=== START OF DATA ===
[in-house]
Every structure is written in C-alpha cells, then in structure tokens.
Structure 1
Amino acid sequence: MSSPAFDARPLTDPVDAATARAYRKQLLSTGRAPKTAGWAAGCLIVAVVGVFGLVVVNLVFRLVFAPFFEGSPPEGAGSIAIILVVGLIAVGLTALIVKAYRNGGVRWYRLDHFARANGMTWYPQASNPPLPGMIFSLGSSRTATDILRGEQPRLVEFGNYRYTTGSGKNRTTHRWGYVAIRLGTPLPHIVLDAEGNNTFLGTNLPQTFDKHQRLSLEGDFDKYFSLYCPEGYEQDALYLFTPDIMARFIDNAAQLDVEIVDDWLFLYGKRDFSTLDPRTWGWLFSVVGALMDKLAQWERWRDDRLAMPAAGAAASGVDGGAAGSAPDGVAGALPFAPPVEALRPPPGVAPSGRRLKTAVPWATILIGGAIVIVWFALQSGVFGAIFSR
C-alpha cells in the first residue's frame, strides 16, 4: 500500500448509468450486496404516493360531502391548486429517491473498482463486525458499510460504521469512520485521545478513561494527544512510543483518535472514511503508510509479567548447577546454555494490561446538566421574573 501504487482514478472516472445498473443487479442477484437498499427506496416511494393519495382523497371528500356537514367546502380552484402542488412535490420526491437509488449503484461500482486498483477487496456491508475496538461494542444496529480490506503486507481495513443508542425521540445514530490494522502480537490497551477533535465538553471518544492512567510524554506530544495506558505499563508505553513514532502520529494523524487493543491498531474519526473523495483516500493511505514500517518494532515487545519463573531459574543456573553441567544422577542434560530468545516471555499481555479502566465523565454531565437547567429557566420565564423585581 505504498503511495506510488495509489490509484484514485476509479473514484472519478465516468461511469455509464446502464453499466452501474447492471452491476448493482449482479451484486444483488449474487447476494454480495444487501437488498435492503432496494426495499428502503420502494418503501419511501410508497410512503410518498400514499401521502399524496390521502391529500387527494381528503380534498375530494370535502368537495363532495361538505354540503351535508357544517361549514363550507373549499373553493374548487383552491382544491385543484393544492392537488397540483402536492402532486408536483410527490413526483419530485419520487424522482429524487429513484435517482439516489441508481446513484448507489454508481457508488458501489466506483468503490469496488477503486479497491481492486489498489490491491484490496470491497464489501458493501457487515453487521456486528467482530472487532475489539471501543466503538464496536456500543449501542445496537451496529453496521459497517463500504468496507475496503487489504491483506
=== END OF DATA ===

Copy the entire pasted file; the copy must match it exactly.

[in-house]
Every structure is written in C-alpha cells, then in structure tokens.
Structure 1
Amino acid sequence: MSSPAFDARPLTDPVDAATARAYRKQLLSTGRAPKTAGWAAGCLIVAVVGVFGLVVVNLVFRLVFAPFFEGSPPEGAGSIAIILVVGLIAVGLTALIVKAYRNGGVRWYRLDHFARANGMTWYPQASNPPLPGMIFSLGSSRTATDILRGEQPRLVEFGNYRYTTGSGKNRTTHRWGYVAIRLGTPLPHIVLDAEGNNTFLGTNLPQTFDKHQRLSLEGDFDKYFSLYCPEGYEQDALYLFTPDIMARFIDNAAQLDVEIVDDWLFLYGKRDFSTLDPRTWGWLFSVVGALMDKLAQWERWRDDRLAMPAAGAAASGVDGGAAGSAPDGVAGALPFAPPVEALRPPPGVAPSGRRLKTAVPWATILIGGAIVIVWFALQSGVFGAIFSR
C-alpha cells in the first residue's frame, strides 16, 4: 500500500448509468450486496404516493360531502391548486429517491473498482463486525458499510460504521469512520485521545478513561494527544512510543483518535472514511503508510509479567548447577546454555494490561446538566421574573 501504487482514478472516472445498473443487479442477484437498499427506496416511494393519495382523497371528500356537514367546502380552484402542488412535490420526491437509488449503484461500482486498483477487496456491508475496538461494542444496529480490506503486507481495513443508542425521540445514530490494522502480537490497551477533535465538553471518544492512567510524554506530544495506558505499563508505553513514532502520529494523524487493543491498531474519526473523495483516500493511505514500517518494532515487545519463573531459574543456573553441567544422577542434560530468545516471555499481555479502566465523565454531565437547567429557566420565564423585581 505504498503511495506510488495509489490509484484514485476509479473514484472519478465516468461511469455509464446502464453499466452501474447492471452491476448493482449482479451484486444483488449474487447476494454480495444487501437488498435492503432496494426495499428502503420502494418503501419511501410508497410512503410518498400514499401521502399524496390521502391529500387527494381528503380534498375530494370535502368537495363532495361538505354540503351535508357544517361549514363550507373549499373553493374548487383552491382544491385543484393544492392537488397540483402536492402532486408536483410527490413526483419530485419520487424522482429524487429513484435517482439516489441508481446513484448507489454508481457508488458501489466506483468503490469496488477503486479497491481492486489498489490491491484490496470491497464489501458493501457487515453487521456486528467482530472487532475489539471501543466503538464496536456500543449501542445496537451496529453496521459497517463500504468496507475496503487489504491483506